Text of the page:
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Introductory Biology

  • American coot (Fulica Americana) family at the Cloisters City Park pond in Morrow Bay, CA. "Mike" Michael L. Baird [CC BY 2.0 (http://creativecommons.org/licenses/by/2.0)], via Wikimedia Commons, https://upload.wikimedia.org/wikipedia/commons/d/db/Fulica_americana3.jpg

    Knowing your own: A classroom case study using the scientific method to investigate how birds learn to recognize their...

    Learning Objectives
    • Students will be able to identify and describe the steps of the scientific method.
    • Students will be able to develop hypotheses and predictions.
    • Students will be able to construct and interpret bar graphs based on data and predictions.
    • Students will be able to draw conclusions from data presented in graphical form.
  • DNA barcoding research in first-year biology curriculum

    CURE-all: Large Scale Implementation of Authentic DNA Barcoding Research into First-Year Biology Curriculum

    Learning Objectives
    Students will be able to: Week 1-4: Fundamentals of Science and Biology
    • List the major processes involved in scientific discovery
    • List the different types of scientific studies and which types can establish causation
    • Design experiments with appropriate controls
    • Create and evaluate phylogenetic trees
    • Define taxonomy and phylogeny and explain their relationship to each other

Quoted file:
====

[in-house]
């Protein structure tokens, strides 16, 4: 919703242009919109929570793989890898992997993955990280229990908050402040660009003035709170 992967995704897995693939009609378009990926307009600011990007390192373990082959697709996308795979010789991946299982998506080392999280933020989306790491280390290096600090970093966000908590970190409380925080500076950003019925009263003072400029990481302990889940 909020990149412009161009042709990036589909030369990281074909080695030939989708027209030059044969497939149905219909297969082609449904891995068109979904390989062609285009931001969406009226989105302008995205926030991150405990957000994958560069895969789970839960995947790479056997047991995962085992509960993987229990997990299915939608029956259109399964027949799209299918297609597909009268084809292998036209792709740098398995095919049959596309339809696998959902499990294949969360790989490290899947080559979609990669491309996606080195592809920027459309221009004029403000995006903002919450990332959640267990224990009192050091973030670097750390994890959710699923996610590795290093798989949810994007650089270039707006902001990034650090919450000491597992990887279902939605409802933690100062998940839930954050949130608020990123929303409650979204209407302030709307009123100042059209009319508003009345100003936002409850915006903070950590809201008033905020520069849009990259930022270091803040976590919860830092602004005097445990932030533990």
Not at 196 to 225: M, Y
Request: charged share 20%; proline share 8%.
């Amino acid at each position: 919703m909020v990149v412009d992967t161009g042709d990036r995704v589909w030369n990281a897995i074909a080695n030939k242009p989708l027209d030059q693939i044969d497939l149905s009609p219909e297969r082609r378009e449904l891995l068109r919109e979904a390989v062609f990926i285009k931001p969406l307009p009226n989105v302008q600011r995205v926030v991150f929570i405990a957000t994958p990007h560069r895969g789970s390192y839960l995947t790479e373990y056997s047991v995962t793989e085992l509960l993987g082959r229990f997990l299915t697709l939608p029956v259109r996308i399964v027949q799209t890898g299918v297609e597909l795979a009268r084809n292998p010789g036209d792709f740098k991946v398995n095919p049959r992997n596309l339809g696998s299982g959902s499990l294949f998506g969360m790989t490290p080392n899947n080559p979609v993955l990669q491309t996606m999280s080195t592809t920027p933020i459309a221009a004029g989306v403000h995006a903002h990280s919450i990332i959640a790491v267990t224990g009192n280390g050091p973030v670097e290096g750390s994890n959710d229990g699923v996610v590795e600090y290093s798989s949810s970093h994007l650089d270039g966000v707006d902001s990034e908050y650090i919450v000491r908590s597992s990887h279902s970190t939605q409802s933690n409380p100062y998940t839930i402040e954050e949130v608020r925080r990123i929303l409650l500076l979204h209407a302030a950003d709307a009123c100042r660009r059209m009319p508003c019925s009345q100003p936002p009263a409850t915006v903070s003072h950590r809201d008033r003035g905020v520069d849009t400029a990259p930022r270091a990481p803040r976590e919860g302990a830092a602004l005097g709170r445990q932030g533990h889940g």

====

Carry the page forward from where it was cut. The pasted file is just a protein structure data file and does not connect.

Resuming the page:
• Explain DNA sequence divergence and how it applies to evolutionary relationships and DNA barcoding
    Week 5-6: Ecology
    • Define and measure biodiversity and explain its importance
    • Catalog organisms using the morphospecies concept
    • Geographically map organisms using smartphones and an online mapping program
    • Calculate metrics of species diversity using spreadsheet software
    • Use spreadsheet software to quantify and graph biodiversity at forest edges vs. interiors
    • Write a formal lab report
    Week 7-11: Cellular and Molecular Biology
    • Extract, amplify, visualize and sequence DNA using standard molecular techniques (PCR, gel electrophoresis, Sanger sequencing)
    • Explain how DNA extraction, PCR, gel electrophoresis, and Sanger sequencing work at the molecular level
    Week 12-13: Bioinformatics
    • Trim and assemble raw DNA sequence data
    • Taxonomically identify DNA sequences isolated from unknown organisms using BLAST
    • Visualize sequence data relationships using sequence alignments and gene-based phylogenetic trees
    • Map and report data in a publicly available online database
    • Share data in a formal scientific poster
  • “Phenology of a Dawn Redwood” – Images collected by students for this lesson pieced together illustrating a Metasequoia glyptostroboides changing color and dropping its leaves in the fall of 2017 on Michigan State University campus.

    Quantifying and Visualizing Campus Tree Phenology

    Learning Objectives
    The Learning Objectives of this lesson span across the entire semester.
    • Observe and collect information on phenological changes in local trees.
    • Become familiar with a database and how to work with large datasets.
    • Analyze and visualize data from the database to test their hypotheses and questions.
    • Develop a research proposal including empirically-driven questions and hypotheses.
    • Synthesize the results of their analysis in the context of plant biodiversity and local environmental conditions.
  • Ecosystem

    Using Pathway Maps to Link Concepts, Peer Review, Primary Literature Searches and Data Assessment in Large Enrollment...